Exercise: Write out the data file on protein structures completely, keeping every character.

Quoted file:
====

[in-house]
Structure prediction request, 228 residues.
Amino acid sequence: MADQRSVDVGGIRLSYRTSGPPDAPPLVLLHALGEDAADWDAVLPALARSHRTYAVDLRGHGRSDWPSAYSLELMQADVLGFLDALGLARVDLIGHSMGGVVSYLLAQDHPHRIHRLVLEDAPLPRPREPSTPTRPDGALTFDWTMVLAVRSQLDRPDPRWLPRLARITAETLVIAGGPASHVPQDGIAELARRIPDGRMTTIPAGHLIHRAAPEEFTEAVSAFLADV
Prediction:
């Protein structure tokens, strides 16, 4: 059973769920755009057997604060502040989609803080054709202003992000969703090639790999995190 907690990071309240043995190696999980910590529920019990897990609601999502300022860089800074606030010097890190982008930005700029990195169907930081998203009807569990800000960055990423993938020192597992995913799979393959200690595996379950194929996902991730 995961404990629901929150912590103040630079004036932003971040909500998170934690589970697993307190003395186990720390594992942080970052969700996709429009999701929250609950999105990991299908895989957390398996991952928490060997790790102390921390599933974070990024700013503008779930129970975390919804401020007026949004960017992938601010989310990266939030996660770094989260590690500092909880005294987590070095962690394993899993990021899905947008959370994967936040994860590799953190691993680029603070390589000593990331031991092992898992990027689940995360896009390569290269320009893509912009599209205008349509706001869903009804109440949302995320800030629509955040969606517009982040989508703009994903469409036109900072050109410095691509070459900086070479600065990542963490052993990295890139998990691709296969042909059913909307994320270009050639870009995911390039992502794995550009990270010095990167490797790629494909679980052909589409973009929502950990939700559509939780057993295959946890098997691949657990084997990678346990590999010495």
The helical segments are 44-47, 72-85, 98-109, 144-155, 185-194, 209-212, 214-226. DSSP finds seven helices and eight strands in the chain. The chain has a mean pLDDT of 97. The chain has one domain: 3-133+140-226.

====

[in-house]
Structure prediction request, 228 residues.
Amino acid sequence: MADQRSVDVGGIRLSYRTSGPPDAPPLVLLHALGEDAADWDAVLPALARSHRTYAVDLRGHGRSDWPSAYSLELMQADVLGFLDALGLARVDLIGHSMGGVVSYLLAQDHPHRIHRLVLEDAPLPRPREPSTPTRPDGALTFDWTMVLAVRSQLDRPDPRWLPRLARITAETLVIAGGPASHVPQDGIAELARRIPDGRMTTIPAGHLIHRAAPEEFTEAVSAFLADV
Prediction:
């Protein structure tokens, strides 16, 4: 059973769920755009057997604060502040989609803080054709202003992000969703090639790999995190 907690990071309240043995190696999980910590529920019990897990609601999502300022860089800074606030010097890190982008930005700029990195169907930081998203009807569990800000960055990423993938020192597992995913799979393959200690595996379950194929996902991730 995961404990629901929150912590103040630079004036932003971040909500998170934690589970697993307190003395186990720390594992942080970052969700996709429009999701929250609950999105990991299908895989957390398996991952928490060997790790102390921390599933974070990024700013503008779930129970975390919804401020007026949004960017992938601010989310990266939030996660770094989260590690500092909880005294987590070095962690394993899993990021899905947008959370994967936040994860590799953190691993680029603070390589000593990331031991092992898992990027689940995360896009390569290269320009893509912009599209205008349509706001869903009804109440949302995320800030629509955040969606517009982040989508703009994903469409036109900072050109410095691509070459900086070479600065990542963490052993990295890139998990691709296969042909059913909307994320270009050639870009995911390039992502794995550009990270010095990167490797790629494909679980052909589409973009929502950990939700559509939780057993295959946890098997691949657990084997990678346990590999010495």
The helical segments are 44-47, 72-85, 98-109, 144-155, 185-194, 209-212, 214-226. DSSP finds seven helices and eight strands in the chain. The chain has a mean pLDDT of 97. The chain has one domain: 3-133+140-226.